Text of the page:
Cryptology ePrint Archive: Report 2019/1113

Towards a Homomorphic Machine Learning Big Data Pipeline for the Financial Services Sector

Oliver Masters and Hamish Hunt and Enrico Steffinlongo and Jack Crawford and Flavio Bergamaschi

Abstract: Machine Learning (ML) is today commonly employed in the Financial Services Sector (FSS) to create various models to predict a variety of conditions ranging from financial transactions fraud to outcomes of investments and also targeted upselling and cross-selling marketing campaigns. The common ML technique used for the modeling is supervised learning using regression algorithms and usually involves large amounts of data that needs to be shared and prepared before the actual learning phase. Compliance with recent privacy laws and confidentiality regulations requires that most, if not all, of the data and the computation must be kept in a secure environment, usually in-house, and not outsourced to cloud or multi-tenant shared environments. Our work focuses on how to apply advanced cryptographic schemes such as Homomorphic Encryption (HE) to protect the privacy and confidentiality of both the data during the training of ML models as well as the models themselves, and as a consequence, the prediction task can also be protected. We de-constructed a typical ML pipeline and applied HE to two of the important ML tasks, namely the variable selection phase of the supervised learning and the prediction task. Quality metrics and performance results demonstrate that HE technology has reached the inflection point to be useful in a financial business setting for a full ML pipeline.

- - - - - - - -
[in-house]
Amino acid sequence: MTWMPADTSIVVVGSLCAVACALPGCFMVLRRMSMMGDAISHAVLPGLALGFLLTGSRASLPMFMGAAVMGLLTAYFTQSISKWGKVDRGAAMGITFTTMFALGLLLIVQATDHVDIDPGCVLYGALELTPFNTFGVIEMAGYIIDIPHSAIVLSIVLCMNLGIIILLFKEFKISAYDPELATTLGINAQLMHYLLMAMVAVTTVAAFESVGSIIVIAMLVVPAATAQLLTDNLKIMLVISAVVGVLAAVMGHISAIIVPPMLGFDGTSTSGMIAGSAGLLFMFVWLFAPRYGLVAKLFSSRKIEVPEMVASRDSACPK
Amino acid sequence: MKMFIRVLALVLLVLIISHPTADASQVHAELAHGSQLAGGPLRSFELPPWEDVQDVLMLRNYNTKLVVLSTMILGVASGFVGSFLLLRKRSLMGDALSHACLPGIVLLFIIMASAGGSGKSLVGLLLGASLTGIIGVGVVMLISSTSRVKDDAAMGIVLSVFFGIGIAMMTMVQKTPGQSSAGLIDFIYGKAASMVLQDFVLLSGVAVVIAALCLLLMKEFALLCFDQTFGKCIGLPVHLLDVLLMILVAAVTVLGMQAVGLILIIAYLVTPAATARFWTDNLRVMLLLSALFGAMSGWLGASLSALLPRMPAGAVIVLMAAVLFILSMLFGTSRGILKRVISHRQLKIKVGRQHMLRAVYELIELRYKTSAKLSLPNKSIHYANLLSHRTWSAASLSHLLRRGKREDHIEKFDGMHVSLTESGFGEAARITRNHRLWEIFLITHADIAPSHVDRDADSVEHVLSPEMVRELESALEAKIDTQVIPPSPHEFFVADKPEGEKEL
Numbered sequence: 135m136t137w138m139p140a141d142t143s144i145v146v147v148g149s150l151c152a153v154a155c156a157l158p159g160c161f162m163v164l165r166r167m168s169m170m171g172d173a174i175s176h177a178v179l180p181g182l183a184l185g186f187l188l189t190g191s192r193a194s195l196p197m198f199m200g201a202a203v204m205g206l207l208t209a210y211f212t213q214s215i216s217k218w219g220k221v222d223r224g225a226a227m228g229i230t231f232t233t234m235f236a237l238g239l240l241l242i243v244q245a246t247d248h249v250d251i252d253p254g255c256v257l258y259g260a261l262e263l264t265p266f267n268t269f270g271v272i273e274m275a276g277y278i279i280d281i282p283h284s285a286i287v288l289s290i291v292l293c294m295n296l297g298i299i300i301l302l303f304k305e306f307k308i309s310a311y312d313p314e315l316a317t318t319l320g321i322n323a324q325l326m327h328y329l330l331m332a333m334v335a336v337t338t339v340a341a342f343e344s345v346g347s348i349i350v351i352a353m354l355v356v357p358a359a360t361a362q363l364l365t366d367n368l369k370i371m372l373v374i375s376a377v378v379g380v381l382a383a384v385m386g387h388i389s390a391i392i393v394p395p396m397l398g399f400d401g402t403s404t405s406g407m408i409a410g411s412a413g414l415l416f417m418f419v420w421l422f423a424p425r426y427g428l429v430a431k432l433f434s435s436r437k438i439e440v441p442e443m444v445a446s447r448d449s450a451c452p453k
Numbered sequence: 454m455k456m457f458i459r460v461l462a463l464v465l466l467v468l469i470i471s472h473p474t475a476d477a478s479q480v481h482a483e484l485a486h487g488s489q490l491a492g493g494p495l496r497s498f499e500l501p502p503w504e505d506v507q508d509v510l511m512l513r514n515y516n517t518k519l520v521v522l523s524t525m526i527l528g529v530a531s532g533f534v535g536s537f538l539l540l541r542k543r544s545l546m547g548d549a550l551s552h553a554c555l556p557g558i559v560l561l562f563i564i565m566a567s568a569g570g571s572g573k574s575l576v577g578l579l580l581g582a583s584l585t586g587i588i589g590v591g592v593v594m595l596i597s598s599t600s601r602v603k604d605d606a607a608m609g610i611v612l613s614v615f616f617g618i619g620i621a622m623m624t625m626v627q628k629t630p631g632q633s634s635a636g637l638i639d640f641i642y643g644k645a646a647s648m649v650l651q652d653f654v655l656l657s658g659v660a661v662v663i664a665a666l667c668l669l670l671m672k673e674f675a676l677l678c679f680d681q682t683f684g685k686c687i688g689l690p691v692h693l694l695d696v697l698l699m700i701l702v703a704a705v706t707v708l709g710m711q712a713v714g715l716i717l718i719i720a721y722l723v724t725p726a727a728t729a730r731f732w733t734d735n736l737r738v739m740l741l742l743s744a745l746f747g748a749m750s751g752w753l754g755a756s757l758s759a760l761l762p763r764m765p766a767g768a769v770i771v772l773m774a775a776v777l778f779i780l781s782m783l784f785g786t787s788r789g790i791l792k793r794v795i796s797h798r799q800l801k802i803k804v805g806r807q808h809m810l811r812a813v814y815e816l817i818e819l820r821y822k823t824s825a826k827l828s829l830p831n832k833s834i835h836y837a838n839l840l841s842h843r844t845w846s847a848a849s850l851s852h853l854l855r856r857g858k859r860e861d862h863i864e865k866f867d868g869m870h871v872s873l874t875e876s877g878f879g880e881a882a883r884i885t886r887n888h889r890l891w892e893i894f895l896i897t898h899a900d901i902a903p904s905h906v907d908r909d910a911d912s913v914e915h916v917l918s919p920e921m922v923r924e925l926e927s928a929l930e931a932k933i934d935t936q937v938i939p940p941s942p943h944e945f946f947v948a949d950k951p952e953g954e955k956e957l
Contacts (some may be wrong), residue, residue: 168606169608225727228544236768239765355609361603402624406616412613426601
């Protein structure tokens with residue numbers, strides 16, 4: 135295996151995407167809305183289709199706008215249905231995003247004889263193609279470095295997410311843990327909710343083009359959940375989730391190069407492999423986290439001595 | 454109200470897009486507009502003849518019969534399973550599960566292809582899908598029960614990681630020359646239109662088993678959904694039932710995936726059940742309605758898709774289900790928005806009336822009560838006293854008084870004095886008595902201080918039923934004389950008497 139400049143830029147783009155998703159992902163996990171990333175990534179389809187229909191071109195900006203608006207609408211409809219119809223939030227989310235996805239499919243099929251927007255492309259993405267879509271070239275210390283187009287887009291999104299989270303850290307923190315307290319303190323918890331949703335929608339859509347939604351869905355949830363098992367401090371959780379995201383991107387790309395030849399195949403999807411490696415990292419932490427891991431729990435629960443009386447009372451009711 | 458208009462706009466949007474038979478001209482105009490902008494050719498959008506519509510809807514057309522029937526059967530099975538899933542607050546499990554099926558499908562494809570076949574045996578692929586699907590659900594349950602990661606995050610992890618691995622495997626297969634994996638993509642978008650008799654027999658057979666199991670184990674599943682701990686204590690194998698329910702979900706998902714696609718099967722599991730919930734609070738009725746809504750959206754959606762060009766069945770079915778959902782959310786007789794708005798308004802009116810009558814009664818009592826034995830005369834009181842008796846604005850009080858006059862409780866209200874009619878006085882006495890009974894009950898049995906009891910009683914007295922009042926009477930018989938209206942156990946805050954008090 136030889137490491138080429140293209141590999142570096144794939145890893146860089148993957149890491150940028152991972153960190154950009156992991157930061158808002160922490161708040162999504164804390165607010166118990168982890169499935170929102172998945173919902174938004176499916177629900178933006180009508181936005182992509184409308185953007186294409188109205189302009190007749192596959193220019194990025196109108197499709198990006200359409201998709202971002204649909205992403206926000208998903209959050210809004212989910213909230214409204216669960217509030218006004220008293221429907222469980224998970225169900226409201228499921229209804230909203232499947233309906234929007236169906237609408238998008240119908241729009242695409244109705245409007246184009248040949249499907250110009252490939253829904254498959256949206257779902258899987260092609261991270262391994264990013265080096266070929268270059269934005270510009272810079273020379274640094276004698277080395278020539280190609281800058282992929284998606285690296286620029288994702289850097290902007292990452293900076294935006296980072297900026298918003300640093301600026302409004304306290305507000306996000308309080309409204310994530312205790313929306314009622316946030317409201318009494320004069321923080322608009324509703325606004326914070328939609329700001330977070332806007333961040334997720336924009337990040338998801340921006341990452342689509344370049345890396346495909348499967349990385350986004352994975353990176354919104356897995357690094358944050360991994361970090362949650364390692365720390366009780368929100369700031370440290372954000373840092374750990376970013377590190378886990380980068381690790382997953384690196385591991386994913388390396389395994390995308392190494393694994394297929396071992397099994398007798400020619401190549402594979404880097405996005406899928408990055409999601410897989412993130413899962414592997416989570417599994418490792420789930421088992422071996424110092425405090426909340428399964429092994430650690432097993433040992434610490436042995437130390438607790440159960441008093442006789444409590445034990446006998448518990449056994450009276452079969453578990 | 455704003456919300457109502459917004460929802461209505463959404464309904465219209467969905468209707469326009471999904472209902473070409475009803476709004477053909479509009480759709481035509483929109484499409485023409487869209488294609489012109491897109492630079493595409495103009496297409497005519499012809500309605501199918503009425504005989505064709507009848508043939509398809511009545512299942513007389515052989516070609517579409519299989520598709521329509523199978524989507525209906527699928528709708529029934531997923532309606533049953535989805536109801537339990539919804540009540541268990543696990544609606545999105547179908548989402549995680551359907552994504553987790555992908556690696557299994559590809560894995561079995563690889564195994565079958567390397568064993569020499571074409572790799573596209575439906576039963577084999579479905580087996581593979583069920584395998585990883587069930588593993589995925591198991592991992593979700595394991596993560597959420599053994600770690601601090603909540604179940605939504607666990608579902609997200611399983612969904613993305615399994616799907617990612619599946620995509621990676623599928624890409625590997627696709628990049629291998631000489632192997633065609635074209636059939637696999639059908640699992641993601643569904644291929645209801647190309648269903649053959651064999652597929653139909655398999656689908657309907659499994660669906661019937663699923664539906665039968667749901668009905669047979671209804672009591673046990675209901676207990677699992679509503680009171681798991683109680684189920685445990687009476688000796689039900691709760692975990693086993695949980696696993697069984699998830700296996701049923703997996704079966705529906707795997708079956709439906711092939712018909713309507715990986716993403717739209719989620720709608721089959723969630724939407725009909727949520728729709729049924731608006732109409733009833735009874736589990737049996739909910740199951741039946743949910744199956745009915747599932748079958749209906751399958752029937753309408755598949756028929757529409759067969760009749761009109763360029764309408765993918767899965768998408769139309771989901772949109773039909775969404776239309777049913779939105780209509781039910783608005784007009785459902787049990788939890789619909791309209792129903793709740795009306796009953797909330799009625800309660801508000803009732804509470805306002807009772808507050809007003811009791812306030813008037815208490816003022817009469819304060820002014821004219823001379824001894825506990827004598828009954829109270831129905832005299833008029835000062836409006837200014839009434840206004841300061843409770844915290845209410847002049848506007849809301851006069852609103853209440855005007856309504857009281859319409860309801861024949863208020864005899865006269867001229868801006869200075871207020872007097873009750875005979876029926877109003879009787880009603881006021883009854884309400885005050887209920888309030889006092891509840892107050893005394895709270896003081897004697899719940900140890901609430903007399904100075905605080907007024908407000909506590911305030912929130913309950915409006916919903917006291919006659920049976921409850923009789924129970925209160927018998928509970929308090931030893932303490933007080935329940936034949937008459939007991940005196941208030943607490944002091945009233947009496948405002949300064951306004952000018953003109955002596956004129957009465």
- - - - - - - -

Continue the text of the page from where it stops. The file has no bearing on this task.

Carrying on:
Category / Keywords: applications / homomorphic encryption; variable reduction; variable selection; feature selection; prediction

Original Publication (with minor differences): RWC 2020

Date: received 29 Sep 2019, last revised 11 Nov 2019

Contact author: flavio at uk ibm com, hamishun@uk ibm com, oliver masters@ibm com, enrico steffinlongo@ibm com, jack crawford@ibm com

Available format(s): PDF | BibTeX Citation

Version: 20191111:170018 (All versions of this report)

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